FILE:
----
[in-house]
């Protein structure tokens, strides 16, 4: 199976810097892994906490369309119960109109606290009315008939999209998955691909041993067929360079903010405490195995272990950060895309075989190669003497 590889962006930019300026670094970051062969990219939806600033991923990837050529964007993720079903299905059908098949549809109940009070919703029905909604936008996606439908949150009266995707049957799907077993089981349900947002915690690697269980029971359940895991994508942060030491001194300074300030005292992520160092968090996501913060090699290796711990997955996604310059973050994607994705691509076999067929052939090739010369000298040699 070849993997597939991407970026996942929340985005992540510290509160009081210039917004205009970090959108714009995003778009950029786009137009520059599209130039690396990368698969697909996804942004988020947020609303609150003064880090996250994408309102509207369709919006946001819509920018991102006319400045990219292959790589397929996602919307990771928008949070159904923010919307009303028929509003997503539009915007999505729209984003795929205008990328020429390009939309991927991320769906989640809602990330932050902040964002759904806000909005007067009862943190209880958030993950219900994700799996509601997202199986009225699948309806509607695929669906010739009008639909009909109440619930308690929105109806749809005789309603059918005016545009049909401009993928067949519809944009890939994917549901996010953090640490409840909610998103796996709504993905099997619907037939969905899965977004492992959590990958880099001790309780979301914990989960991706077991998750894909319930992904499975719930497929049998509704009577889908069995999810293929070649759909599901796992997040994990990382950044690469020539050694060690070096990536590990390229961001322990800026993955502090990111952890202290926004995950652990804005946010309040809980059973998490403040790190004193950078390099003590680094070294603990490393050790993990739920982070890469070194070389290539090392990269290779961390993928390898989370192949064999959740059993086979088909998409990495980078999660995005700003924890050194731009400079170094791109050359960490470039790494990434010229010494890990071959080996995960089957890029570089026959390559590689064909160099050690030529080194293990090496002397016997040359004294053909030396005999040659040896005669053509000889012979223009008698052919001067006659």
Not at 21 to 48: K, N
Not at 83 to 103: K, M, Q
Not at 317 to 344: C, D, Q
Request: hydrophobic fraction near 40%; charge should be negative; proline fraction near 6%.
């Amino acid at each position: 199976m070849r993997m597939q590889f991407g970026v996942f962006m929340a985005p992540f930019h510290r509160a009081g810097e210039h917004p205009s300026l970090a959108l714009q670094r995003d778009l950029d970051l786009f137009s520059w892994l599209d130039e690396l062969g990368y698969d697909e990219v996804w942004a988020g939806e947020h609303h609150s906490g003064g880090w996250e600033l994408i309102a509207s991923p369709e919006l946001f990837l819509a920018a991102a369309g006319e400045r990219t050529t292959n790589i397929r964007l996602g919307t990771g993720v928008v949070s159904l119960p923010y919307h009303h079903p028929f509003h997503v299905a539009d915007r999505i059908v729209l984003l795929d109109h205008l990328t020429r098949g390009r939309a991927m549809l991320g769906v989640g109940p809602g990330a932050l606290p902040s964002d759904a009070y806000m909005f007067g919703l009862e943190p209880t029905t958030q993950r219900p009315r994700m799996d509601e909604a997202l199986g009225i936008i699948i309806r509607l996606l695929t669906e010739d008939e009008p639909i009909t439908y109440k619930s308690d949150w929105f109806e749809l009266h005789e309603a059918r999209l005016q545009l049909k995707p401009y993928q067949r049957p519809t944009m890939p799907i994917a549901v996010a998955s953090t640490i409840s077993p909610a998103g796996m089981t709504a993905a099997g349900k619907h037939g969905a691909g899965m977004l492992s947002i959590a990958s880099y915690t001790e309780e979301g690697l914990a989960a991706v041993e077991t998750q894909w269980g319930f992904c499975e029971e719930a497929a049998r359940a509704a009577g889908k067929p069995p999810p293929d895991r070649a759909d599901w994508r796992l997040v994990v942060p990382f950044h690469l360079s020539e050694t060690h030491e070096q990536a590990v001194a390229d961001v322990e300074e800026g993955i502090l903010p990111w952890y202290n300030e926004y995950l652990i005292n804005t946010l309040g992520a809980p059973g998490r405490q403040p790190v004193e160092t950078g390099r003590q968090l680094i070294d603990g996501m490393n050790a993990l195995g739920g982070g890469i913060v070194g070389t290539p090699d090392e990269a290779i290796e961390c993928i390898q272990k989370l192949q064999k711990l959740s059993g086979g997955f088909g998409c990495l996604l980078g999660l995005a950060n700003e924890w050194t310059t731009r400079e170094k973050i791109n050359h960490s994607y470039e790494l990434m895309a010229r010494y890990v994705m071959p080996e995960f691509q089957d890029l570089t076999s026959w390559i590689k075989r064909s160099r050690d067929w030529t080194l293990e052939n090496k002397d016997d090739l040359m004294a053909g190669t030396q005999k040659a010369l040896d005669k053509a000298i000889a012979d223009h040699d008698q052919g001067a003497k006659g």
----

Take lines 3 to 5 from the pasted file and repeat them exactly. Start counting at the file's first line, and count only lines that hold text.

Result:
Not at 21 to 48: K, N
Not at 83 to 103: K, M, Q
Not at 317 to 344: C, D, Q